Monitoring Poverty Without Consumption Data : An Application Using the Albania Panel Survey
In developing countries, poverty is generally measured with expenditure data, which are normally available only every three to five years. In between surveys, there is a clear need to provide policy makers with information for the monitoring of poverty trends. This paper reviews several methods with which to perform this monitoring and compares the poverty estimates and trends resulting from their application to a panel data set for Albania. The results are broadly consistent across methods and point to an overall improvement in welfare conditions over time, concentrated in urban areas. Lacking a gold standard measure, the use of a suite of welfare indicators, if duly validated, can be a viable approach to monitor poverty trends. Caution should be exercised in drawing conclusions about the actual magnitudes of the changes.
If you experience problems downloading a file, check if you have the proper application to view it first. In case of further problems read the IDEAS help page. Note that these files are not on the IDEAS site. Please be patient as the files may be large.
As the access to this document is restricted, you may want to look for a different version under "Related research" (further below) or search for a different version of it.
Volume (Year): 44 (2006)
Issue (Month): 1 (February)
|Contact details of provider:|| Web page: http://mesharpe.metapress.com/link.asp?target=journal&id=106044|
References listed on IDEAS
Please report citation or reference errors to , or , if you are the registered author of the cited work, log in to your RePEc Author Service profile, click on "citations" and make appropriate adjustments.:
- Ravallion, Martin & Lokshin, Michael, 2001.
"Identifying Welfare Effects from Subjective Questions,"
London School of Economics and Political Science, vol. 68(271), pages 335-57, August.
- Ravallion, Martin & Lokshin, Michael, 2000. "Identifying welfare effects from subjective questions," Policy Research Working Paper Series 2301, The World Bank.
- Foster, James & Greer, Joel & Thorbecke, Erik, 1984. "A Class of Decomposable Poverty Measures," Econometrica, Econometric Society, vol. 52(3), pages 761-66, May.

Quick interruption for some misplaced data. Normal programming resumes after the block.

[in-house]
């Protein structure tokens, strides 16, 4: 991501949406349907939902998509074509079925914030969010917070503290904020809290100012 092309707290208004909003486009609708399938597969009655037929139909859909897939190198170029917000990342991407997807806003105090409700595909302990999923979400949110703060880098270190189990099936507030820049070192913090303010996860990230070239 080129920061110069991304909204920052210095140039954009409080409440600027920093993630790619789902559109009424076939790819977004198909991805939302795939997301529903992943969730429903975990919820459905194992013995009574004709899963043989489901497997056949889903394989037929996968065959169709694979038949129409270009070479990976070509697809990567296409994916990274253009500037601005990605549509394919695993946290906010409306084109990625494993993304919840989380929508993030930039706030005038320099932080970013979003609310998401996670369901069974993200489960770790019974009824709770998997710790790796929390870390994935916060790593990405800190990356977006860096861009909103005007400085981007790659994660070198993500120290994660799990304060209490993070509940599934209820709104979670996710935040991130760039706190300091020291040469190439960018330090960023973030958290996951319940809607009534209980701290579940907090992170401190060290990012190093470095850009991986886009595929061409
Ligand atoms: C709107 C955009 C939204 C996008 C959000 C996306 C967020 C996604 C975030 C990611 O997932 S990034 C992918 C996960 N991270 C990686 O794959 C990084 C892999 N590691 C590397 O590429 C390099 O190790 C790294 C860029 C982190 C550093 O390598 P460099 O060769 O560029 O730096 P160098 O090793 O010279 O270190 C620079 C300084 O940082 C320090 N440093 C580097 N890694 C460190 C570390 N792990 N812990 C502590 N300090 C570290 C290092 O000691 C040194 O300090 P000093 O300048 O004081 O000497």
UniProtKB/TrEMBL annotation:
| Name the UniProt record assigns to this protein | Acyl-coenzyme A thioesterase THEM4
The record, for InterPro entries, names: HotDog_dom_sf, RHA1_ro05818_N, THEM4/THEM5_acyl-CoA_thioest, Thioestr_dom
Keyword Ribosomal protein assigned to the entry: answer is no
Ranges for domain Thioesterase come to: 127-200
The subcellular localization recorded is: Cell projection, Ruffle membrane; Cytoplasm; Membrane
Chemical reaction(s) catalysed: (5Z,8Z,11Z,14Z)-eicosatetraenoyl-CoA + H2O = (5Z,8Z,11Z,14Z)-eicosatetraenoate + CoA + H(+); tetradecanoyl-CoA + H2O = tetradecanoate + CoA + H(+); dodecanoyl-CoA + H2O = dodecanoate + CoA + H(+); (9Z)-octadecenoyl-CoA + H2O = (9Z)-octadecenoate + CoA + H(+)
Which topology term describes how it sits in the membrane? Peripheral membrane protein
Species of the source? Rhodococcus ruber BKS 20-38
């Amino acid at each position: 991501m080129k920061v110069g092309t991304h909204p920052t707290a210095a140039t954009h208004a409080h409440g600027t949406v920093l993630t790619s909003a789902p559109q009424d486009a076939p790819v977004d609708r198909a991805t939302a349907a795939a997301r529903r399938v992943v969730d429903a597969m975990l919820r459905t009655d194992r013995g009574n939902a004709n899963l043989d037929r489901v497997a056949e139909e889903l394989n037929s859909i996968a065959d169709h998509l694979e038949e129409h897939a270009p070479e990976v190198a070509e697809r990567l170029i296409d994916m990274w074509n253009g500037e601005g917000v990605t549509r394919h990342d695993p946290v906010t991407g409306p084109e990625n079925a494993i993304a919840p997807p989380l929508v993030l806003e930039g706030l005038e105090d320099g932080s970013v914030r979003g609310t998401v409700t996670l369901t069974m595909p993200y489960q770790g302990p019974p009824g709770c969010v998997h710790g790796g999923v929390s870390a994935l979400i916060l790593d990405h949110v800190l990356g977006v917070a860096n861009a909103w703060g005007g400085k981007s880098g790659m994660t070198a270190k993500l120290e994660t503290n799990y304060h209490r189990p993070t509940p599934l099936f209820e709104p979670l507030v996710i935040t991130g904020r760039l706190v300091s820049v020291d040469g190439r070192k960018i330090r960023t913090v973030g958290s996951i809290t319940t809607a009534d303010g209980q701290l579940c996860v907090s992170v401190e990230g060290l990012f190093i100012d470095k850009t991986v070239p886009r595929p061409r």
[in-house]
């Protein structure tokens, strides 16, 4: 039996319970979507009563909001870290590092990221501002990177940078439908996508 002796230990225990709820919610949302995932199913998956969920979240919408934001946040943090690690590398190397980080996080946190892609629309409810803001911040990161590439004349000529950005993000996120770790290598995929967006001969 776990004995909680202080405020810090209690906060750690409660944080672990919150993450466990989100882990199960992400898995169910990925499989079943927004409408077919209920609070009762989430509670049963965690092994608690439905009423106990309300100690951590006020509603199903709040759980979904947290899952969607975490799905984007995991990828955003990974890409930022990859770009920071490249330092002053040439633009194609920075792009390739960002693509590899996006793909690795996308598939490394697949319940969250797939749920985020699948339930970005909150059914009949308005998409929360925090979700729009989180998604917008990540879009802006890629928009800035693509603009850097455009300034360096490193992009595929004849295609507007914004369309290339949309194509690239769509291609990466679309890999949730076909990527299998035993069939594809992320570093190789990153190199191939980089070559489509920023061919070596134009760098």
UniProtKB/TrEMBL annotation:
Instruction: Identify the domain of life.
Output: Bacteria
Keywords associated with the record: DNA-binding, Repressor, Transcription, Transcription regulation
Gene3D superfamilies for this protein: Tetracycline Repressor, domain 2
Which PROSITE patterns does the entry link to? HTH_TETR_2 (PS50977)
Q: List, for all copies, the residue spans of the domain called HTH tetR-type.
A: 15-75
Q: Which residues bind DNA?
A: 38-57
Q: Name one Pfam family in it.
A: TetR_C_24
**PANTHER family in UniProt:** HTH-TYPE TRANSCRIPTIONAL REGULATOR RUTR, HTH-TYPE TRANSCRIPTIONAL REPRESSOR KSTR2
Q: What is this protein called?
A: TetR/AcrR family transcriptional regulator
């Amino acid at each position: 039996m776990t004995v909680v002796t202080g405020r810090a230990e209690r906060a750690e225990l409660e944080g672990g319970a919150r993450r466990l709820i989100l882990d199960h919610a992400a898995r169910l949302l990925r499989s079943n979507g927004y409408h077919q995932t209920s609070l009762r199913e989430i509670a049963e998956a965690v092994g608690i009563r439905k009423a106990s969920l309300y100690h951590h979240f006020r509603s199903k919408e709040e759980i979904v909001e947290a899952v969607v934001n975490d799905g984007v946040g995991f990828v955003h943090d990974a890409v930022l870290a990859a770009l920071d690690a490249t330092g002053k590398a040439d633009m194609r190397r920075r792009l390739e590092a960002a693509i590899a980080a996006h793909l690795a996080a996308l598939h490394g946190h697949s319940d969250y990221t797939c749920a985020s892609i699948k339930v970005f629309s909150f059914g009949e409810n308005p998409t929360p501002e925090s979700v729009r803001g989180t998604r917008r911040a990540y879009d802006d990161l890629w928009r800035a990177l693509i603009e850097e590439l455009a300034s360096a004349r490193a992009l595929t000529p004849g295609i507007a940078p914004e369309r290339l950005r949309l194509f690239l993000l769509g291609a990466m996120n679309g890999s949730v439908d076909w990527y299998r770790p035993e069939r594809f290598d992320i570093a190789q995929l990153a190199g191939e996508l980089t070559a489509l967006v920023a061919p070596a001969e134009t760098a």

- Ravallion, Martin, 1996. "How Well Can Method Substitute for Data? Five Experiments in Poverty Analysis," World Bank Research Observer, World Bank Group, vol. 11(2), pages 199-221, August.
- Mark Montgomery & Michele Gragnolati & Kathleen Burke & Edmundo Paredes, 2000. "Measuring living standards with proxy variables," Demography, Springer;Population Association of America (PAA), vol. 37(2), pages 155-174, May.
- Bidani, Benu & Ravallion, Martin, 1995.
"Decomposing social indicators using distributional data,"
Policy Research Working Paper Series
1487, The World Bank.
- Bidani, Benu & Ravallion, Martin, 1997. "Decomposing social indicators using distributional data," Journal of Econometrics, Elsevier, vol. 77(1), pages 125-139, March.
- Ravallion, Martin & Lokshin, Michael, 2002. "Self-rated economic welfare in Russia," European Economic Review, Elsevier, vol. 46(8), pages 1453-1473, September.
- David E. Sahn & David Stifel, 2003. "Exploring Alternative Measures of Welfare in the Absence of Expenditure Data," Review of Income and Wealth, International Association for Research in Income and Wealth, vol. 49(4), pages 463-489, December.
When requesting a correction, please mention this item's handle: RePEc:mes:eaeuec:v:44:y:2006:i:1:p:59-82. See general information about how to correct material in RePEc.
For technical questions regarding this item, or to correct its authors, title, abstract, bibliographic or download information, contact: (Chris Nguyen)
If you have authored this item and are not yet registered with RePEc, we encourage you to do it here. This allows to link your profile to this item. It also allows you to accept potential citations to this item that we are uncertain about.
If references are entirely missing, you can add them using this form.
If the full references list an item that is present in RePEc, but the system did not link to it, you can help with this form.
If you know of missing items citing this one, you can help us creating those links by adding the relevant references in the same way as above, for each refering item. If you are a registered author of this item, you may also want to check the "citations" tab in your profile, as there may be some citations waiting for confirmation.
Please note that corrections may take a couple of weeks to filter through the various RePEc services.